Renren (RENN) falls 50% as court rejects settlement agreement
By Robert Davis
22:49, 9 December 2021
Chinese software company Renren (RENN) saw its stock fall by more than 50% on Thursday after the New York Supreme Court rejected a $300m settlement agreement for several lawsuits filed by the company’s shareholders.
The proposed settlement was submitted to the court on 8 October, according to a filing with the Securities and Exchange Commission. The funds would have repaid shareholders who accused Renren’s executives of appropriating the best assets of the company’s investment portfolio for themselves, which included a substantial stake in Social Finance (SoFi).
Renren said in a press release that the court rejected the offer to determine the number of shareholders who will be subject to the agreement. The court also said the attorney fees for the plaintiffs’ counsel were “too high.”
Capital.com’s attempts to reach the company for comment via email went unanswered.
Shareholders filed the case in 2018 as a derivative claim, meaning they accused the company of breaching its fiduciary duty.
The shareholders allege that Renren’s founder and chief executive officer Joseph Chen created a subsidiary company, Oak Pacific Investment, to essentially hide some investments from them. Some of the investments in question include early stage stakes in companies such as mortgage lender LendingTree and real estate platform Fundrise.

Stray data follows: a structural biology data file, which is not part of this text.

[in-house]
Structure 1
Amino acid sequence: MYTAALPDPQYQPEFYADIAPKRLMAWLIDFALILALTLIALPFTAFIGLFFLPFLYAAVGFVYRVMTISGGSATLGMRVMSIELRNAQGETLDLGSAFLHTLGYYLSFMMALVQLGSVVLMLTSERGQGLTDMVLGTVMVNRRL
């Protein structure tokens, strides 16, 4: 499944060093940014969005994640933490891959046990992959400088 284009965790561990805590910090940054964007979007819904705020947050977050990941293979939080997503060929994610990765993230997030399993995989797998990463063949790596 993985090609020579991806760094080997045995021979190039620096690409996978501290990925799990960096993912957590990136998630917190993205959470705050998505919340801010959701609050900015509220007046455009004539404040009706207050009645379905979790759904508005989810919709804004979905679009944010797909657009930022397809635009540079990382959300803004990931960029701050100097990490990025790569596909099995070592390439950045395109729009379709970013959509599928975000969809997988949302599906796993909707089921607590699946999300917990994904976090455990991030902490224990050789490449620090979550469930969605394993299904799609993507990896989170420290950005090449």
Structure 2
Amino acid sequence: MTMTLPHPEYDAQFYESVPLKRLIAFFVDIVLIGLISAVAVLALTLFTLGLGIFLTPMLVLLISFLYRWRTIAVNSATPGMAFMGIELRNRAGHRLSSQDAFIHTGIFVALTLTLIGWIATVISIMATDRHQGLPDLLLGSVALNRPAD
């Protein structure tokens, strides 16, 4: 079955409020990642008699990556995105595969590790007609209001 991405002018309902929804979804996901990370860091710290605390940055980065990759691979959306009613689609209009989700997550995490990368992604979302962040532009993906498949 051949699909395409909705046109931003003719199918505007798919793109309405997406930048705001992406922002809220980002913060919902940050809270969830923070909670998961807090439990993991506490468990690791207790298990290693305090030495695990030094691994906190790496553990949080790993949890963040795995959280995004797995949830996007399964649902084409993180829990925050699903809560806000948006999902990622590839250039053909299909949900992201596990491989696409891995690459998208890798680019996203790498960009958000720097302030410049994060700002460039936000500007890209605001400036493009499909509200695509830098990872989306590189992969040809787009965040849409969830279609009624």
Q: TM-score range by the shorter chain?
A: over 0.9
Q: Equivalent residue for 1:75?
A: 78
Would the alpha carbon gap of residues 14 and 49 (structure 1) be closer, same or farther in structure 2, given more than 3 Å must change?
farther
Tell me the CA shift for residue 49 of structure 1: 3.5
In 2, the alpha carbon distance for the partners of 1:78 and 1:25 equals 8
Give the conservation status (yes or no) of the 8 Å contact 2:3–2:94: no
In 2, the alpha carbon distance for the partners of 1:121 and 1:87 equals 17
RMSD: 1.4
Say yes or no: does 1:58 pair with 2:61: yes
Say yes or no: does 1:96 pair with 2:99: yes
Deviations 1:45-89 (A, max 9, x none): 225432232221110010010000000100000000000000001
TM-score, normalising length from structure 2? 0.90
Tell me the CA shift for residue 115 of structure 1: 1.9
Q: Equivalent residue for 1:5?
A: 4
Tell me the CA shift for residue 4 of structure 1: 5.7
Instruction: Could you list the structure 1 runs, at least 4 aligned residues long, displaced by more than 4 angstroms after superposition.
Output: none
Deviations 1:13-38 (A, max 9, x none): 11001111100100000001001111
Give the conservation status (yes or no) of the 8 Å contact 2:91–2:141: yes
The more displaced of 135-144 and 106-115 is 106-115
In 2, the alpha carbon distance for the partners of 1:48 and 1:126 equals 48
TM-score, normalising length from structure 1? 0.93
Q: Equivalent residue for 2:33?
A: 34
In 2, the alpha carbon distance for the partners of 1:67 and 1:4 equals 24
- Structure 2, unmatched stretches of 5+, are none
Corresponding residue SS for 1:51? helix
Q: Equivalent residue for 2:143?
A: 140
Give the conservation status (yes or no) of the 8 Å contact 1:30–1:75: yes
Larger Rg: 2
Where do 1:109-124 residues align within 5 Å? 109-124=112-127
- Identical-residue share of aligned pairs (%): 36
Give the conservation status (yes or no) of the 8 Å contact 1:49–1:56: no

Renren has denied any wrongdoing.
Renren is expected to be back in court next month to discuss the next moves for the settlement.
The company will also hold a general meeting for its shareholders in Phoenix, Arizona, on 17 December, when the company will discuss changing its name to Motable, and shareholders will vote on the 2021 share incentive plan.
According to the company website, Renren has operations, including software R&D, in the United States, China, and the Philippines.
Their software products include Chime, a real-estate sales programme, and Trucker Path, software for semi-truck (lorry) drivers